Original Research

Die Afrikaanse letterkunde in ’n amptelik Engels-eentalige Suid-Afrika

H. P. van Coller, J. C. Steyn
Literator | Vol 13, No 1 | a721 | DOI: https://doi.org/10.4102/lit.v13i1.721 | © 1992 H. P. van Coller, J. C. Steyn | This work is licensed under CC Attribution 4.0
Submitted: 06 May 1992 | Published: 06 May 1992

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H. P. van Coller, Universiteit van die Oranje-Vrystaat, South Africa
J. C. Steyn, Universiteit van die Oranje-Vrystaat, South Africa

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In this article the situation of Afrikaans literature in an officially English monolingual South Africa is discussed. The growth and decline of languages are influenced by so many factors and processes that it is impossible to predict precisely how loss of official status and the concomitant loss of important legal and conventional language rights presently enjoyed by Afrikaans speakers would affect Afrikaans. Nevertheless it is certain that at least three areas will be affected. Firstly, loss of recognition and the anglicization of tertiary education will bring about a decline in Afrikaans as a scientific language, resulting in a loss in diversity and the decay of certain registers. The anglicization of the electronic mass media will deprive Afrikaans of a crucial function of a modem language - serving its community as the medium of information and recreation. Vie role of radio and TV in providing an example of standard language use will disappear Secondly, with English the sole official language, it is very probable that a language shift from Afrikaans will take place, a major catastrophe for any language. A dwindling body of readers affects any literature or publishing industry directly. Thirdly: loss of status will have economic repercussions, making it increasingly difficult for the Afrikaans community to buy and for publishers to produce books.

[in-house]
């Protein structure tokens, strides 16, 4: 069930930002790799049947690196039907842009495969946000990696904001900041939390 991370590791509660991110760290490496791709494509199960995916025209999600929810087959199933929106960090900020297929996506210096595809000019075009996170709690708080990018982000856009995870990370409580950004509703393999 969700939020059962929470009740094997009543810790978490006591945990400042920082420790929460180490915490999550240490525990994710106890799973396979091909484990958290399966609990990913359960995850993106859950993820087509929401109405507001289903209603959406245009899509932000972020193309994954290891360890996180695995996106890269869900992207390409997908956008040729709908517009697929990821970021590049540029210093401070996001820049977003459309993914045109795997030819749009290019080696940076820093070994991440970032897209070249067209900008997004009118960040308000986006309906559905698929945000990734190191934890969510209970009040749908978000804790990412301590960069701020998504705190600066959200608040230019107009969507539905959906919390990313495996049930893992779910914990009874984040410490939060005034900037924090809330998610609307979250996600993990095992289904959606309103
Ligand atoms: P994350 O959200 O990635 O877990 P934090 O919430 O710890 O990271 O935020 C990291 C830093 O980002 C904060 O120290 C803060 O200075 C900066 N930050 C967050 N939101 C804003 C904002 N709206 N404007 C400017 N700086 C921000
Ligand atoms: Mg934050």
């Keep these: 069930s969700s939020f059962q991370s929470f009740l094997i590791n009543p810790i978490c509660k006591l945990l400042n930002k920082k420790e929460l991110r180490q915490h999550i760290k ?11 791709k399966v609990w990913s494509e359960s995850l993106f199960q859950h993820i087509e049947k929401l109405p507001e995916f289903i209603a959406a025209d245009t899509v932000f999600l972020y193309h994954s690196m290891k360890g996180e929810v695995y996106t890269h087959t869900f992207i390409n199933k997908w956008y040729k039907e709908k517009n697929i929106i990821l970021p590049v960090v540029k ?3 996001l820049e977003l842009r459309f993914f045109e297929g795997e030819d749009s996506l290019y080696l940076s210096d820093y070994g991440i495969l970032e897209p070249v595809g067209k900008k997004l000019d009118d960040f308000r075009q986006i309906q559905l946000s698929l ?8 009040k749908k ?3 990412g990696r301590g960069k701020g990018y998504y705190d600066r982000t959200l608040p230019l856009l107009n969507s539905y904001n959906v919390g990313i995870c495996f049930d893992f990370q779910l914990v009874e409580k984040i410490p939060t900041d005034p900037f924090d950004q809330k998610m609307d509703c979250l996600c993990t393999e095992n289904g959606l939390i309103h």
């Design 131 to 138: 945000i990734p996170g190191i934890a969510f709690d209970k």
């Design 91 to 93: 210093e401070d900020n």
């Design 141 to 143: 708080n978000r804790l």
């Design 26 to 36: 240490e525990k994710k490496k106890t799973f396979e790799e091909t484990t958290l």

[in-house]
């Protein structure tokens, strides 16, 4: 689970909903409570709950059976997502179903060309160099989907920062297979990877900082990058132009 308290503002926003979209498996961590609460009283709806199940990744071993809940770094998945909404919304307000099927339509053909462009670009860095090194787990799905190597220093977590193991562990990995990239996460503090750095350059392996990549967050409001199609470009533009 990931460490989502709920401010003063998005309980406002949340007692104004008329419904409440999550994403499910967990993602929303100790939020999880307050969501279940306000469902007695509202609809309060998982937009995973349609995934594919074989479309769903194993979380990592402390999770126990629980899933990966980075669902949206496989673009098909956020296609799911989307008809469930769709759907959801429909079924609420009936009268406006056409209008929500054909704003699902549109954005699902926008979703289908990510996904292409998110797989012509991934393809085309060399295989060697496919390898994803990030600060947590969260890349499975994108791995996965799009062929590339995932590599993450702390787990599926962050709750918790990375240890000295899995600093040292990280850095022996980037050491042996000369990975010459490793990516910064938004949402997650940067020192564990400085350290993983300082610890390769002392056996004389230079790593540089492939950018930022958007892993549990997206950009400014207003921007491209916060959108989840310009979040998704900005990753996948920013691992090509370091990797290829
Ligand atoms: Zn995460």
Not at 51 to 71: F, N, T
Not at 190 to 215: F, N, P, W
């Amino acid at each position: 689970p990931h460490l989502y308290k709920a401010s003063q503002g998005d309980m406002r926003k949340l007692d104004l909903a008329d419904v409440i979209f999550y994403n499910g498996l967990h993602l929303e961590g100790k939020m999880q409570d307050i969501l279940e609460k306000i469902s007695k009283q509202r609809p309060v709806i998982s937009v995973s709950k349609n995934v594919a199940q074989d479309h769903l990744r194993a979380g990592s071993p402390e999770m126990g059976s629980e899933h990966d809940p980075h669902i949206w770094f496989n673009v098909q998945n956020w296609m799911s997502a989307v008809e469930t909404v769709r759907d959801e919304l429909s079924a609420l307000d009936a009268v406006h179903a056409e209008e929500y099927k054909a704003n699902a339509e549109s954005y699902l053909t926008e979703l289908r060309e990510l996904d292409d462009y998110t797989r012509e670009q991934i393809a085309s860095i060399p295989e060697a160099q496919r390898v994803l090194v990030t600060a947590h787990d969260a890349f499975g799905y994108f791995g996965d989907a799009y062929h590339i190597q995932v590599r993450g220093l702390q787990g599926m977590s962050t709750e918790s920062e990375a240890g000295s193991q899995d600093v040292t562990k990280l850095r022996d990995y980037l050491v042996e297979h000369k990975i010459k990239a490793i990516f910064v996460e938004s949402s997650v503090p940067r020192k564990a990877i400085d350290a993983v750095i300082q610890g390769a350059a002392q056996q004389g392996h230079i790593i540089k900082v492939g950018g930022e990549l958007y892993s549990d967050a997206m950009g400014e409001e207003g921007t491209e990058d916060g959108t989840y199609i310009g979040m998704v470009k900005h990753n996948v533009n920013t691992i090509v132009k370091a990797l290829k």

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Crossref Citations

J. C. Steyn
South African Journal of Linguistics  vol: 13  issue: sup24  first page: 3  year: 1995  
doi: 10.1080/10118063.1995.9724353